Wednesday, November 10, 2010


I completed my John Cazale experience by watching Sidney Lumet’s movie Dog Day Afternoon on Neflix Instant Play.  I had seen the beginning of the movie as a child when it originally came out on television, but as it is not a children’s movie, I quickly lost interest.

Steve Sailer has written about the gradual professionalization of law enforcement since the 1970s, specifically that police departments have trained their officers in specific procedures that maximize their own safety.  Dog Day Afternoon portrays the early 1970s New York police as an unfunny clown act where the detective managing the siege barely controls teeming crowd of uniformed and plainclothes officers, who seem more interested in getting a piece of the action than in going home alive.  Is this a representative portrayal?  Or have movies and television gotten better over the years at the way they depict law enforcement sieges?

Al Pacino’s character famously incites the multiracial crowd against the police surrounding the bank by reminding them of the Attica Prison Riot, which ended when police opened fire into the tear gas befogged prison yard.  It’s not clear whether the real-life bank robbers did this, but clearly the scene had resonance with mainstream movie audiences in 1975.  The weird thing is that today – in ways large and small – the police are even more inimical to the freedom of Americans in general than they were in the early 1970s, and yet politically they seem almost as untouchable as the armed services, at least among whites.  Why is this?

I have a couple of possible answers to that question.  White America invested massive social capital in law enforcement as part of winning the war on the black crime spree of the late 70s - early 90s, and they are still riding that social capital.  Related to that is the loss of political balance:  the cause of law enforcement (and prosecutorial) restraint was all but dropped by white Democrats after the 1988 election.  Now we have two parties bidding each other for the tough-on-crime vote while the police are getting away with murder, sometimes literally.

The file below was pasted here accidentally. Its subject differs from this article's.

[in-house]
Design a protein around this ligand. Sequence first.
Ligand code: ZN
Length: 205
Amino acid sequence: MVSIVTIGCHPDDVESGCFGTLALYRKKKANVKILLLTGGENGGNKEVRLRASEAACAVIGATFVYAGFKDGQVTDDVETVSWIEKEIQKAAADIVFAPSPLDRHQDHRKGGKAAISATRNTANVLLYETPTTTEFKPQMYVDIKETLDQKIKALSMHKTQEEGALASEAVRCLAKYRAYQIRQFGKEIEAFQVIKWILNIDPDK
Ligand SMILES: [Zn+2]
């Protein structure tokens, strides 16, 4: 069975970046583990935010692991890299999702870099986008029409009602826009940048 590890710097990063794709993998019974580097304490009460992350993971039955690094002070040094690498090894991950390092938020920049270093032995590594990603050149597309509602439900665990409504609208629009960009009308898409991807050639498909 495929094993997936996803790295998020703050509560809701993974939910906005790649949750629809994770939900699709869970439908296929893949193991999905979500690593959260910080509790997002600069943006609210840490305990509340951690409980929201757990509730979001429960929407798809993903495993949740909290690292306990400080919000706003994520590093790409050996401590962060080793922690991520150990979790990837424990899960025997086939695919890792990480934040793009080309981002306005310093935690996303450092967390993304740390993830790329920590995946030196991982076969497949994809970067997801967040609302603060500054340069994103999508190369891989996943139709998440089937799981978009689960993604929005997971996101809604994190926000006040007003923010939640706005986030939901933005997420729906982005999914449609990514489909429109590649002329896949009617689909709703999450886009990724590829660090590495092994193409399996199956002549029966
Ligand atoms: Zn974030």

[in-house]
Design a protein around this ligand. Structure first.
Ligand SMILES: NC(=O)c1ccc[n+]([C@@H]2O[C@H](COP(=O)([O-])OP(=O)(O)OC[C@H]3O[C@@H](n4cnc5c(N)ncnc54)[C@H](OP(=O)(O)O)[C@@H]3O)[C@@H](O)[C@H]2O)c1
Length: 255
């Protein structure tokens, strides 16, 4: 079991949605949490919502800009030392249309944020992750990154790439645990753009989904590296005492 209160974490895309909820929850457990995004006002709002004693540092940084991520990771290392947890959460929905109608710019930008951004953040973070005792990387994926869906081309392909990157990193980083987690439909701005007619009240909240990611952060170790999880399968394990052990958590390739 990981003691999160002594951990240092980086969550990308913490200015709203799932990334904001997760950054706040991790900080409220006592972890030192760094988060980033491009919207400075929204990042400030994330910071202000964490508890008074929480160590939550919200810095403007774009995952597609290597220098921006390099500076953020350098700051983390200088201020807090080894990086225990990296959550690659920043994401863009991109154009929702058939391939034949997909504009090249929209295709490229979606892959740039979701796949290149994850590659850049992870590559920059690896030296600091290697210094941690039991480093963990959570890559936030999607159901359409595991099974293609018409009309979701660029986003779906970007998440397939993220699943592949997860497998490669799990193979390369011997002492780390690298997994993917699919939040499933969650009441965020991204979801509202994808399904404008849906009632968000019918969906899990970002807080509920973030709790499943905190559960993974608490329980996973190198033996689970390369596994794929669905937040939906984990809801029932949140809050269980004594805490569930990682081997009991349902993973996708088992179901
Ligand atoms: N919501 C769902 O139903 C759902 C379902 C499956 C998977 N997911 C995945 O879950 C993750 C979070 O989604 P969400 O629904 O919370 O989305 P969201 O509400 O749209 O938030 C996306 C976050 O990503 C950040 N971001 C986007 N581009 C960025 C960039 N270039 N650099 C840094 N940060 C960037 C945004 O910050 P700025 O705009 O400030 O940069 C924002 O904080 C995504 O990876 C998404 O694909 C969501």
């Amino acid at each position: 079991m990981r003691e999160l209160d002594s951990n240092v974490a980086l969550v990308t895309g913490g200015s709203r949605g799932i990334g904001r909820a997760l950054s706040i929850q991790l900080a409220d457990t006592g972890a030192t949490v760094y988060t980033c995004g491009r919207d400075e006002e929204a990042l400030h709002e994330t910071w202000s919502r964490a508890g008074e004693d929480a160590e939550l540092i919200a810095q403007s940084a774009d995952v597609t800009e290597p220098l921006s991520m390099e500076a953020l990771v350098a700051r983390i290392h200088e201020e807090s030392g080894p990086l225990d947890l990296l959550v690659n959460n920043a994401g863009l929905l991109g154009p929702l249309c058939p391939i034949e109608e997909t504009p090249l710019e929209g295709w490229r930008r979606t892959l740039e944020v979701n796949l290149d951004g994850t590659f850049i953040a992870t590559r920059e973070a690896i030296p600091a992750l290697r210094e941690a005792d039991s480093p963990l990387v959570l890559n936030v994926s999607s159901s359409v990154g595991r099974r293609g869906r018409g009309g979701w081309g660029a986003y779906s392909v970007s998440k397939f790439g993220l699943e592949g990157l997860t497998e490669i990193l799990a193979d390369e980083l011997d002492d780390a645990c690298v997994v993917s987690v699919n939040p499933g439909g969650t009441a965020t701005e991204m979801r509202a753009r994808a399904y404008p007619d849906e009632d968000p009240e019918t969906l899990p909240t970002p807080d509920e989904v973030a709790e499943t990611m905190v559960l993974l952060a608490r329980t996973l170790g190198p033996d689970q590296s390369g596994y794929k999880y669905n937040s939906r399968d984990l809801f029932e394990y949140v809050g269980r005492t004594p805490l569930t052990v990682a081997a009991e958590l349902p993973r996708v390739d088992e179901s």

Justin said...

The more feminists have destroyed patriarchy and the family, the more they rely on police.

Anonymous said...

I think you're right about the crime wave ingratiating middle class whites to the police. Beyond that, though, I think that it continues even in our era of lower crime rates in large part because of the culture of fear that has persisted. Particularly when it comes to drugs and protecting their children from this threat. It becomes this odd thing where violence surrounding drugs gets lumped into the dangers of drugs, spiraling into this BIG THING that we need cops to protect us from at all costs.

(I don't favor mass-decriminalization, but I don't like the incentives involved when the harder they fight something, the more publicity the problem gets, the bigger the problem seems to be, the more important they become.)

Obviously, the "it bleeds, it leads" media culture also plays a significant role in all this.